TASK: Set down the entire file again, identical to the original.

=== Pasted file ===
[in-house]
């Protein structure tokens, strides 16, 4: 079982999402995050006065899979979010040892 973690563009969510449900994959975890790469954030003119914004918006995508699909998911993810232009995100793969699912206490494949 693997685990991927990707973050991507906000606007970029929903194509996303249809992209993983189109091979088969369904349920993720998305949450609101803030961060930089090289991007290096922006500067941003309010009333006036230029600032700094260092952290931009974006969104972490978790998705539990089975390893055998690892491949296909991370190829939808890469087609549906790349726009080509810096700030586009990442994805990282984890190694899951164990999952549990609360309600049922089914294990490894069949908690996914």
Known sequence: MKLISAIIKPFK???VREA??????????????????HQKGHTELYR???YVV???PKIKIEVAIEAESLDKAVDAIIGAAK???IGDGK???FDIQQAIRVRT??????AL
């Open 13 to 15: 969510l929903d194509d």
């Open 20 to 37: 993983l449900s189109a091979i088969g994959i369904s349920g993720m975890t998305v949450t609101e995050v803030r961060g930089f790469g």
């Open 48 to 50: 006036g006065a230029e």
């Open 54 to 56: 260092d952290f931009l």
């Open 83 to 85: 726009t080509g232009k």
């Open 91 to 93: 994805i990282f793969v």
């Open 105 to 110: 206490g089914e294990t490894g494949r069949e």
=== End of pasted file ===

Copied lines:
[in-house]
């Protein structure tokens, strides 16, 4: 079982999402995050006065899979979010040892 973690563009969510449900994959975890790469954030003119914004918006995508699909998911993810232009995100793969699912206490494949 693997685990991927990707973050991507906000606007970029929903194509996303249809992209993983189109091979088969369904349920993720998305949450609101803030961060930089090289991007290096922006500067941003309010009333006036230029600032700094260092952290931009974006969104972490978790998705539990089975390893055998690892491949296909991370190829939808890469087609549906790349726009080509810096700030586009990442994805990282984890190694899951164990999952549990609360309600049922089914294990490894069949908690996914």
Known sequence: MKLISAIIKPFK???VREA??????????????????HQKGHTELYR???YVV???PKIKIEVAIEAESLDKAVDAIIGAAK???IGDGK???FDIQQAIRVRT??????AL
């Open 13 to 15: 969510l929903d194509d």
């Open 20 to 37: 993983l449900s189109a091979i088969g994959i369904s349920g993720m975890t998305v949450t609101e995050v803030r961060g930089f790469g």
């Open 48 to 50: 006036g006065a230029e």
């Open 54 to 56: 260092d952290f931009l």
């Open 83 to 85: 726009t080509g232009k």
């Open 91 to 93: 994805i990282f793969v």
């Open 105 to 110: 206490g089914e294990t490894g494949r069949e």